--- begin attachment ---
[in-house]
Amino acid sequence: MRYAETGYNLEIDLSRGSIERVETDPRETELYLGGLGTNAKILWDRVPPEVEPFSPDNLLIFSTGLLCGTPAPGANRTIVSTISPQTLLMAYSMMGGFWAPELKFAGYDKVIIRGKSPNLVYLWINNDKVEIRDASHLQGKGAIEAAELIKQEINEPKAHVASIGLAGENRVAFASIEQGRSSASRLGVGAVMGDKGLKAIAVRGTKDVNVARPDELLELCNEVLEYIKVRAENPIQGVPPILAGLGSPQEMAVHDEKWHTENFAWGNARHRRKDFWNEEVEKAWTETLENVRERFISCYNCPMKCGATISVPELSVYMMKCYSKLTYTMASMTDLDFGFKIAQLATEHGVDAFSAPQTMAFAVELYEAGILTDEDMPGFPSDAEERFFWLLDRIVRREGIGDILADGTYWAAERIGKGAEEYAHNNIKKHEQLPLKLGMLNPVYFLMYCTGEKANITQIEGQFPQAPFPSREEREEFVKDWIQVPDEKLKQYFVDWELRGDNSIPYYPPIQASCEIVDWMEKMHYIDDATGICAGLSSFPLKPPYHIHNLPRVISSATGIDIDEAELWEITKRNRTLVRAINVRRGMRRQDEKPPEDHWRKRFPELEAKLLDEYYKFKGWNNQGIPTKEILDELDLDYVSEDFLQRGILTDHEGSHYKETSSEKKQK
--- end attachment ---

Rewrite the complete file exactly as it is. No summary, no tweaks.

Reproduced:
[in-house]
Amino acid sequence: MRYAETGYNLEIDLSRGSIERVETDPRETELYLGGLGTNAKILWDRVPPEVEPFSPDNLLIFSTGLLCGTPAPGANRTIVSTISPQTLLMAYSMMGGFWAPELKFAGYDKVIIRGKSPNLVYLWINNDKVEIRDASHLQGKGAIEAAELIKQEINEPKAHVASIGLAGENRVAFASIEQGRSSASRLGVGAVMGDKGLKAIAVRGTKDVNVARPDELLELCNEVLEYIKVRAENPIQGVPPILAGLGSPQEMAVHDEKWHTENFAWGNARHRRKDFWNEEVEKAWTETLENVRERFISCYNCPMKCGATISVPELSVYMMKCYSKLTYTMASMTDLDFGFKIAQLATEHGVDAFSAPQTMAFAVELYEAGILTDEDMPGFPSDAEERFFWLLDRIVRREGIGDILADGTYWAAERIGKGAEEYAHNNIKKHEQLPLKLGMLNPVYFLMYCTGEKANITQIEGQFPQAPFPSREEREEFVKDWIQVPDEKLKQYFVDWELRGDNSIPYYPPIQASCEIVDWMEKMHYIDDATGICAGLSSFPLKPPYHIHNLPRVISSATGIDIDEAELWEITKRNRTLVRAINVRRGMRRQDEKPPEDHWRKRFPELEAKLLDEYYKFKGWNNQGIPTKEILDELDLDYVSEDFLQRGILTDHEGSHYKETSSEKKQK